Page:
You make glass by mixing together some materials like sand, limestone and soda, heat them above 2000o F, then cool the incandescent liquid carefully so that crystals cannot form.
Craftsmen on Earth have followed this basic recipe for millennia. It works.
But it works even better in space.
In microgravity, though, you don't need a container. In Day's initial experiments, the melt--a molten droplet about 1/4 inch in diameter--was held in place inside a hot furnace simply by the pressure of sound waves emitted by an acoustic levitator.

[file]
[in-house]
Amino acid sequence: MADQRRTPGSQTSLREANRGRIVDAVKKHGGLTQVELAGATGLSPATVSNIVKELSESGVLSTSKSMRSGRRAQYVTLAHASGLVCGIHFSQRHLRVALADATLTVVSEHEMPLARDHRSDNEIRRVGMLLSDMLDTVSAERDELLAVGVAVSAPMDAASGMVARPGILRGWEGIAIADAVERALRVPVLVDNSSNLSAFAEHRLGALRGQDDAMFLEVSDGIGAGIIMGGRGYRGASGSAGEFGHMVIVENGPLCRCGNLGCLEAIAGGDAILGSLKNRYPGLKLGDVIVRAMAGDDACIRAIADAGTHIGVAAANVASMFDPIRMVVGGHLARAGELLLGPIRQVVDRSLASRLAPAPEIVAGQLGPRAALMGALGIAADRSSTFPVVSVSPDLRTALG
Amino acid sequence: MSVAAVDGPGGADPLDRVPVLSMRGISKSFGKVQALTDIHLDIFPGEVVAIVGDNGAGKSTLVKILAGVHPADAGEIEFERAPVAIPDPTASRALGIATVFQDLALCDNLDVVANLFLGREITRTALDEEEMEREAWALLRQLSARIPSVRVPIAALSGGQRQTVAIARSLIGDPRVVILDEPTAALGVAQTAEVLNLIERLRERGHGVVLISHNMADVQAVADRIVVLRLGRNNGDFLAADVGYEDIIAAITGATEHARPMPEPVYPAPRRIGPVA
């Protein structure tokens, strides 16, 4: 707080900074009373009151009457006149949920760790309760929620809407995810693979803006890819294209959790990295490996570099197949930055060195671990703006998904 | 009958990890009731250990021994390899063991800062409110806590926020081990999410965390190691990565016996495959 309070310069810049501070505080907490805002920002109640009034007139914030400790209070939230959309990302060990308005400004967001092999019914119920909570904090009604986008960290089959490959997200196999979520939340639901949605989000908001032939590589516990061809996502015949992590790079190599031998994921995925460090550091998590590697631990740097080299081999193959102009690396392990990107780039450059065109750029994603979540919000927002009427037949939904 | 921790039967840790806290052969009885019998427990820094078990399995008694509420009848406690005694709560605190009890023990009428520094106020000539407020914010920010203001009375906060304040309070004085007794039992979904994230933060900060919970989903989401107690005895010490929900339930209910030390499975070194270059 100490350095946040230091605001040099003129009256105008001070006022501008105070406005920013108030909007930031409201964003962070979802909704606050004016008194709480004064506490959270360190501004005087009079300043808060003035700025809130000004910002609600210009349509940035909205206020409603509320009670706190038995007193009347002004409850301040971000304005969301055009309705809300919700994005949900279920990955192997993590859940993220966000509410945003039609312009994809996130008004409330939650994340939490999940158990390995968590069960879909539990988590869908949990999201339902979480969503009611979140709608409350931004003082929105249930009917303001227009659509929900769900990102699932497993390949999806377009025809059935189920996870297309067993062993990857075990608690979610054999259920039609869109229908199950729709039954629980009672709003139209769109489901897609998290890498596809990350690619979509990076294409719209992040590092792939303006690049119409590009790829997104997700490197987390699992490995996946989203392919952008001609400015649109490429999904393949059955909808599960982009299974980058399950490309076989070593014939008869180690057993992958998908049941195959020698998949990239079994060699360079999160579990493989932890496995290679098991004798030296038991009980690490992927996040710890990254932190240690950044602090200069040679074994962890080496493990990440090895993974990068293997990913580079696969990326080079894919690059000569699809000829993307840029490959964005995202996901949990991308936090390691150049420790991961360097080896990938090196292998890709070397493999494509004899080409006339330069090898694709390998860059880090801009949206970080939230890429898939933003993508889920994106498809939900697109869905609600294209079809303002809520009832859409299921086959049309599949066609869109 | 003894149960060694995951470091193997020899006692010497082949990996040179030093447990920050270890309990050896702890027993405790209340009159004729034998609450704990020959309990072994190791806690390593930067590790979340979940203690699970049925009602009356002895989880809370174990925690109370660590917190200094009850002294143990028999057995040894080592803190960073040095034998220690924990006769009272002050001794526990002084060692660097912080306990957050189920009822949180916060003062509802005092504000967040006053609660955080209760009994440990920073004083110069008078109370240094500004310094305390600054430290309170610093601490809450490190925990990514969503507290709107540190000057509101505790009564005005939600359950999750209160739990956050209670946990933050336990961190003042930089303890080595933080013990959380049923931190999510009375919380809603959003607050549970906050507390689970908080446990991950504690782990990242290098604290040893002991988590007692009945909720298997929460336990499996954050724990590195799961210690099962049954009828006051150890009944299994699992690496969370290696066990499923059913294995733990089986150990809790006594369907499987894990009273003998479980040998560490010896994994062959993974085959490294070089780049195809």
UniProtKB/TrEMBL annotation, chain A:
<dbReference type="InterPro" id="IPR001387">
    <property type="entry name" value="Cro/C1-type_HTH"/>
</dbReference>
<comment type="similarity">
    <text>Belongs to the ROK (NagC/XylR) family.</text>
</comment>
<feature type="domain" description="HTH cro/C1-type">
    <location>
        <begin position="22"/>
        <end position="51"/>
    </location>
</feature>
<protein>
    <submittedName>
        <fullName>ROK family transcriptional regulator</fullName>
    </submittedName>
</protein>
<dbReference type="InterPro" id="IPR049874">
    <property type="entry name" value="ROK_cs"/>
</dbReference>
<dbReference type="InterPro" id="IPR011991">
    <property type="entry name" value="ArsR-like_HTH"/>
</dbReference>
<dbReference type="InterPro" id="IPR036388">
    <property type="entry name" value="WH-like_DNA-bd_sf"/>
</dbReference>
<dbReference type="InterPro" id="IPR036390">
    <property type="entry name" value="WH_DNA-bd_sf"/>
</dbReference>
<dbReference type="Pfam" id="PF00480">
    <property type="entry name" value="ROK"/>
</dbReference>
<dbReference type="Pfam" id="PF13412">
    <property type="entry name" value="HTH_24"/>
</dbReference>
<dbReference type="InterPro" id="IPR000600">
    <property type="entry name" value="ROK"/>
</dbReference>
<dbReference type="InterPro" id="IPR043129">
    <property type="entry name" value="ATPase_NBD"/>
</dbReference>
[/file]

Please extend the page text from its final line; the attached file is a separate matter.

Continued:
Containerless processing produces a better glass.
To his surprise, though, the glass was of even higher quality than theory had predicted.